San Francisco, proud of its eccentric political and social traditions, has shocked even itself by calling a special election to determine if one of the most popular mayors in its history should be fired.

In a city full of unique political organizations and sects, one of the most bizarre--the self-described communist White Panther Party--has succeeded in collecting 35,000 signatures to recall Mayor Dianne Feinstein because her efforts to ban handguns interfered with their right to protect themselves against the police.

Bad feeling toward Feinstein in the city's large and politically potent homosexual community also appeared to have helped the petition drive succeed.

White Panther Party organizers circulated petitions in the heavily gay Castro district after Feinstein vetoed a city ordinance that would have given legal recognition to homosexual couples and other unmarried "domestic partners."

Deputy registrar of voters Yick Wong said today that his office had checked about 25 percent of the signatures and found that about 70 percent were valid. Feinstein has said she has no doubt that the required 19,357 valid signatures have been submitted and that she will have to defend herself in an April 26 recall election.

It will cost the city an estimated $400,000 to $500,000.

Tom Eastham, Feinstein's press secretary, said the mayor was confident that she would win the voting. The city treasury has a surplus, crime is down 5 percent and no opponent has appeared to challenge her for a second four-year term in the regular November election.

Feinstein has been repeating a remark by former mayor Elmer Robinson: "Dianne, you could get signatures in this city for hanging an overhead sewer over Market Street."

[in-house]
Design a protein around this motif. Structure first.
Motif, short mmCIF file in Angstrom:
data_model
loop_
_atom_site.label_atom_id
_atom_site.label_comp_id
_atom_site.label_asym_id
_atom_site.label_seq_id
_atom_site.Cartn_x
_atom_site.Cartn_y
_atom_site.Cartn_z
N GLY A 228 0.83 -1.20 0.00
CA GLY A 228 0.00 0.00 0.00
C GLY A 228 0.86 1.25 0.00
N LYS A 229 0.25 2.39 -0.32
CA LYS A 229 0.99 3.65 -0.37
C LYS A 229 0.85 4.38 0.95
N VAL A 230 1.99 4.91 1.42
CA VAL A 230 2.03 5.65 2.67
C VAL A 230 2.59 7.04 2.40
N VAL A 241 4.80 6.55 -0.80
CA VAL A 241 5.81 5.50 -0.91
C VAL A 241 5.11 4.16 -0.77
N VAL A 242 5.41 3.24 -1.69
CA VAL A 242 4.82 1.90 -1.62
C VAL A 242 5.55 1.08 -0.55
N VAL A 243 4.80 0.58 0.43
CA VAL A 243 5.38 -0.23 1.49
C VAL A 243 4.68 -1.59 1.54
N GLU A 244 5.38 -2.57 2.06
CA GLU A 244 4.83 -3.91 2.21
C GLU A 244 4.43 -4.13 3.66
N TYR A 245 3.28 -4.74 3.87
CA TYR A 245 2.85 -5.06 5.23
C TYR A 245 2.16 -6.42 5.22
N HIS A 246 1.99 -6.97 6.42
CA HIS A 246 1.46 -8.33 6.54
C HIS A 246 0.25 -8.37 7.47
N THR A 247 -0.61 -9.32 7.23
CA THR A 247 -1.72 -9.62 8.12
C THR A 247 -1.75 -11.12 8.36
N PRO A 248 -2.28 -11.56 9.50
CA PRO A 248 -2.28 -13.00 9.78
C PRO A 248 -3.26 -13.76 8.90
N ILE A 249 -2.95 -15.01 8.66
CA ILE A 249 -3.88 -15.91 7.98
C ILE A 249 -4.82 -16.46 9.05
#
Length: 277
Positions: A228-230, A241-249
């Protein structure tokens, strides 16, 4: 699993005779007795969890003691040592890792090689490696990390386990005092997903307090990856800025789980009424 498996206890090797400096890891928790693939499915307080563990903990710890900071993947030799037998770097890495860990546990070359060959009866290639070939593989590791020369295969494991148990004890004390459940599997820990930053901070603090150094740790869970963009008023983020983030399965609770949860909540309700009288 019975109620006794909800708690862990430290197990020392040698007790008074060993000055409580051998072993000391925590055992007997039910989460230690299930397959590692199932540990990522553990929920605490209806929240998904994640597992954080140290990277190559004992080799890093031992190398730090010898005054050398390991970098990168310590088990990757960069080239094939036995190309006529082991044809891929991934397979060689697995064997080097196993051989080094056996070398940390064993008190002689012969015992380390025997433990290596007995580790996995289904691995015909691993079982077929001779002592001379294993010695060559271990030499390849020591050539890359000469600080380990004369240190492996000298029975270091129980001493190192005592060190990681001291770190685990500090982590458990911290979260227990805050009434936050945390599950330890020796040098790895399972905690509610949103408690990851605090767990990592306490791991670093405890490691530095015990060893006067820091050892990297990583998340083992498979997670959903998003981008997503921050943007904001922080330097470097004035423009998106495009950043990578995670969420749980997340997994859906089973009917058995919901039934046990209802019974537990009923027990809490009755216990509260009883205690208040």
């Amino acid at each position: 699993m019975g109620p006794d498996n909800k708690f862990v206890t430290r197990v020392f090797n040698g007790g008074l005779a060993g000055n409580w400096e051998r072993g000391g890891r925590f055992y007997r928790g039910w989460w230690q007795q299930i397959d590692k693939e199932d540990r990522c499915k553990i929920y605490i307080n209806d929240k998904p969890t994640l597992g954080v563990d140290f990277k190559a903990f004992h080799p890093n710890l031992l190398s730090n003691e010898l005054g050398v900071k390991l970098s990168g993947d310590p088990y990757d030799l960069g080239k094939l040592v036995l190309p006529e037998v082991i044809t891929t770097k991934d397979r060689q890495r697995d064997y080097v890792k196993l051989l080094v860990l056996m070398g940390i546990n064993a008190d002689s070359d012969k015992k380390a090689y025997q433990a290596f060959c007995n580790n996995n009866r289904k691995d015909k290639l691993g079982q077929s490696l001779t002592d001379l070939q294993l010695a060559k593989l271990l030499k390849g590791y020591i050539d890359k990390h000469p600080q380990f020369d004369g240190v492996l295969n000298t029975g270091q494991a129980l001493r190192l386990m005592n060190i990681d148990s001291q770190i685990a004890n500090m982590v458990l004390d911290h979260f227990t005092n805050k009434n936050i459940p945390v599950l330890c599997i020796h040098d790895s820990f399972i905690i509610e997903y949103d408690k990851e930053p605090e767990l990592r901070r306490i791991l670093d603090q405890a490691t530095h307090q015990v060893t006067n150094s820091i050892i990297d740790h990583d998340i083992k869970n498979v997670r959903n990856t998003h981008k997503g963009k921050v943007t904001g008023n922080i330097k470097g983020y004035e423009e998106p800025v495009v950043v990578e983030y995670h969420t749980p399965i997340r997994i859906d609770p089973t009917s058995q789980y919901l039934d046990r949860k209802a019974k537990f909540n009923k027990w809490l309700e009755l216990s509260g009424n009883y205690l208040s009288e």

A San Francisco Examiner editorial called the petition drive "a perversion of the system of recall" designed to punish corruption, and some citizens have suggested toughening the recall requirements.

The city charter requires signatures from 10 percent of the total number voting in the last mayoral election for a special recall, while Washington, D.C., requires 10 percent of all registered voters, a much larger number, and bars recall elections in the first or last year of a mayor's term.

In Los Angeles, signatures from 15 percent of all registered voters are required for a recall election.

The White Panther Party, whose representatives could not be reached for comment, is reported to have about 30 members and to be led by Tom Stevens, who served a three-year prison term in the mid-1970s after a shoot-out with police at the group's Haight-Ashbury headquarters. The group's recall petitions, submitted Jan. 13 after a six-month campaign, accused Feinstein of a "tyrannical attack" on the constitutional right to bear arms.

In June, the city-county board of supervisors approved a Feinstein-sponsored ban on handguns, the first for a major U.S. city. But a state appeals court ruled the ban unconstitutional because it usurped powers given only to the state legislature. The city has appealed to the state supreme court.

The city's interest in banning handguns stems in part from the 1978 assassination of Supervisor Harvey Milk and Mayor George Moscone, whom Feinstein succeeded.

Eastham noted that the special election may help Feinstein by giving her campaign for reelection an early start and making it difficult for anyone to oppose her without seeming to be in alliance with the White Panthers.